The Weekly Ink #18
THE WEEKLY INK
The Weekly Ink is the weekly newsletter brought to you by Duo Labs, the security research team at Duo Security, with curated links of interest in the security world to inform the community on security happenings and culture.
Attack of the Mobile "Super-Cookies"
In yet another blow to the world's online privacy advocates, it recently came out that Verizon has been injecting unique IDs into all HTTP requests sent over their mobile network. Notably, the tracking header gets sent along to any website you visit, meaning that sites with absolutely no affiliation with Verizon can still use the UIDH header to track Verizon users. As with other ISP schemes to inject content into web traffic, this sort of thing is very dangerous: it could violate core assumptions upon which application developers build their security models.
Unfortunately, it seems there's little most mobile users can do but complain - the only ways to avoid this tracking header are to run all of your web traffic through an encrypted tunnel (e.g. VPN), or to avoid using mobile data networks at all. Oh, and in case you were thinking about switching providers: AT&T is doing it too.
CurrentC: currently not looking so great
If you hadn't previously heard of CurrentC - the mobile-payments scheme backed by MCX, a consortium of some of the largest retailer chains - there's a good chance that changed this week. Even though the system is still only in a pilot phase, retailers have been stirring controversy by shutting off support for Apple Pay and Google Wallet (seen as competing systems) - and that was before CurrentC got hacked. They allege that attackers only got their hands on some email addresses of pilot participants (and other people who'd expressed interest), but surely this calls into question their assertion that storing personal data in their "secure cloud-hosted network" is preferable to keeping it on users' phones (say, in a Secure Element?)
Exploiting failures in EMV implementations
Meanwhile, KrebsOnSecurity reports that several banks have recently suffered a deluge of fraudulent card transactions with a surprise twist: they appear to be chip-card transactions! In the wake of an ongoing spate of major consumer data breaches, the US government and financial industry have been pushing to finally adopt the EMV, the more-secure smart-chip-based payment standard used in much of the rest of the world (Apple Pay is helping too; it is built on the 'contactless' variant of the EMV standard). However, it turns out that this rapid adoption might have had some unintended consequences, opening up new avenues of attack!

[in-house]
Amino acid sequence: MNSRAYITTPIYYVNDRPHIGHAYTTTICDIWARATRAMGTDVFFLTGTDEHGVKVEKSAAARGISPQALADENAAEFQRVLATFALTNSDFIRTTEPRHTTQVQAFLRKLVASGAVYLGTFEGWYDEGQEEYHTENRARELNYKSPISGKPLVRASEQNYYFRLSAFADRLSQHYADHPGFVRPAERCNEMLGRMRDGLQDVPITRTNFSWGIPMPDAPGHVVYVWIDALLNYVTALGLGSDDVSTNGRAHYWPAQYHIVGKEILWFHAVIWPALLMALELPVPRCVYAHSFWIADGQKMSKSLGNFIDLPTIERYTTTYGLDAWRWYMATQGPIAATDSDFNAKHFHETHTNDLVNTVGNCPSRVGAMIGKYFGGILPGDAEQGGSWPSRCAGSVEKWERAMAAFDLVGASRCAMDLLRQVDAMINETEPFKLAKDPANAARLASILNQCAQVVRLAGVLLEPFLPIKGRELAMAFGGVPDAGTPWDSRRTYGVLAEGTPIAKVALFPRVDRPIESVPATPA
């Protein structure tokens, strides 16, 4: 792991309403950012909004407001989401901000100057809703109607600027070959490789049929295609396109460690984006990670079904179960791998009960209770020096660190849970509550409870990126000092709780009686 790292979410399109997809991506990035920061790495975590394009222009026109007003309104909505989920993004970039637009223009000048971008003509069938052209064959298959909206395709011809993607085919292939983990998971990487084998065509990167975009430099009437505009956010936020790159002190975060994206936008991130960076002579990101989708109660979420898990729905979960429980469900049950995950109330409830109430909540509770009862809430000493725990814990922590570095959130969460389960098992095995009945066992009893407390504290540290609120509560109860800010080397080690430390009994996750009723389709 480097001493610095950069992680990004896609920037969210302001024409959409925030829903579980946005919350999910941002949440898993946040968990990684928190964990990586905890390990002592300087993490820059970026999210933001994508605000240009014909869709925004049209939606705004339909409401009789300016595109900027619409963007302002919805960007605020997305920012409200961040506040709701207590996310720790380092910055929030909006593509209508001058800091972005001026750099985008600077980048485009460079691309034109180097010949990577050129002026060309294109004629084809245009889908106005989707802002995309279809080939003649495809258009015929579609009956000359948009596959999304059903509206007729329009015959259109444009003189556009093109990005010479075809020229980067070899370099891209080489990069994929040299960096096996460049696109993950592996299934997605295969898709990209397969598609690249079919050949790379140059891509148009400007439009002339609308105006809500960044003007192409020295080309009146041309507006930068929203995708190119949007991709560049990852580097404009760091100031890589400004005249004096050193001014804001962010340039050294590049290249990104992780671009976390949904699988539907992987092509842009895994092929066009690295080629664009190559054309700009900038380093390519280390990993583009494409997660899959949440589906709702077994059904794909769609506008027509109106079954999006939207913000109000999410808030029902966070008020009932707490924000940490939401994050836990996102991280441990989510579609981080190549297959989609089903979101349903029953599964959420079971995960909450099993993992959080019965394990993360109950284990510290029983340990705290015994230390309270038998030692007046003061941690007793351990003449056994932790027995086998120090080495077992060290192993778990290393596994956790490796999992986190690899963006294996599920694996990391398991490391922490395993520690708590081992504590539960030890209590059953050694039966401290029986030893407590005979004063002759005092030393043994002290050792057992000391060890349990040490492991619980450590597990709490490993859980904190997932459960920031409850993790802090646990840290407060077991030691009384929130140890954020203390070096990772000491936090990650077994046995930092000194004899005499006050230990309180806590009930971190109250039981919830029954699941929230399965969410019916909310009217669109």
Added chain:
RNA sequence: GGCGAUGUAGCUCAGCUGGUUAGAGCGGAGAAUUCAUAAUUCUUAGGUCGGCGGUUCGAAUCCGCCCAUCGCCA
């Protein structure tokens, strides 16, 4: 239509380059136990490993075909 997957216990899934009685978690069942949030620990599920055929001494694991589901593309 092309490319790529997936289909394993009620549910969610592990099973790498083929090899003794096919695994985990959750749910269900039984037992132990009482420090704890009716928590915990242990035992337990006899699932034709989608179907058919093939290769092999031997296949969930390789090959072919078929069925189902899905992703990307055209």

In theory, these sorts of fraudulent "replay" transactions shouldn't be possible under EMV, but it appears that some banks might have failed to properly implement some validation required by the protocol. This should serve as an important reminder: even if the design of a system like EMV is perfect (and there's plenty of reason to doubt that), it can be very hard to get the implementations right - and those that fail to do so might end up worse off than where they started.
One interesting nugget from Krebs' post is the mention that "banks are responsible for all of the fraud costs that occur from any fraudulent use of their customers chip-enabled credit/debit cards even fraudulent charges disguised as these pseudo-chip transactions." This seems to stand in stark contrast to previous deployments of EMV: security researcher Ross Anderson has often criticized the UK's roll-out of Chip-and-PIN in that it was used as a means to shift liability away from banks, and - in particular - onto individual consumers. If US-based banks actually have to bear the liability of EMV failures, then they will be more-strongly incentivized to get this right (or to lobby the government to change the rules).
Last year, Yahoo announced that it was going to start reclaiming "long-dormant" email addresses and making them available to new users. Savvy observers (e.g. Wired's Mat Honan) quickly realized this could have some really terrible security results: email is one of the most commonly-used password-recovery methods, so if an attacker were to gain control of your primary email address, she could likely break into most of your other accounts across the internet.
Working with other stakeholders (notably Facebook), Yahoo developed a new SMTP extension called 'Require-Recipient-Valid-Since' to mitigate this concern, and the spec recently became an IETF proposed standard. Basically, RRVS is a way for email senders to indicate a message should not be delivered if the recipient address changed owners after a certain date. It's a fine idea in principle, but for it to work in practice, every site with email-based password recovery must implement it. I, for one, don't really see this happening any time soon.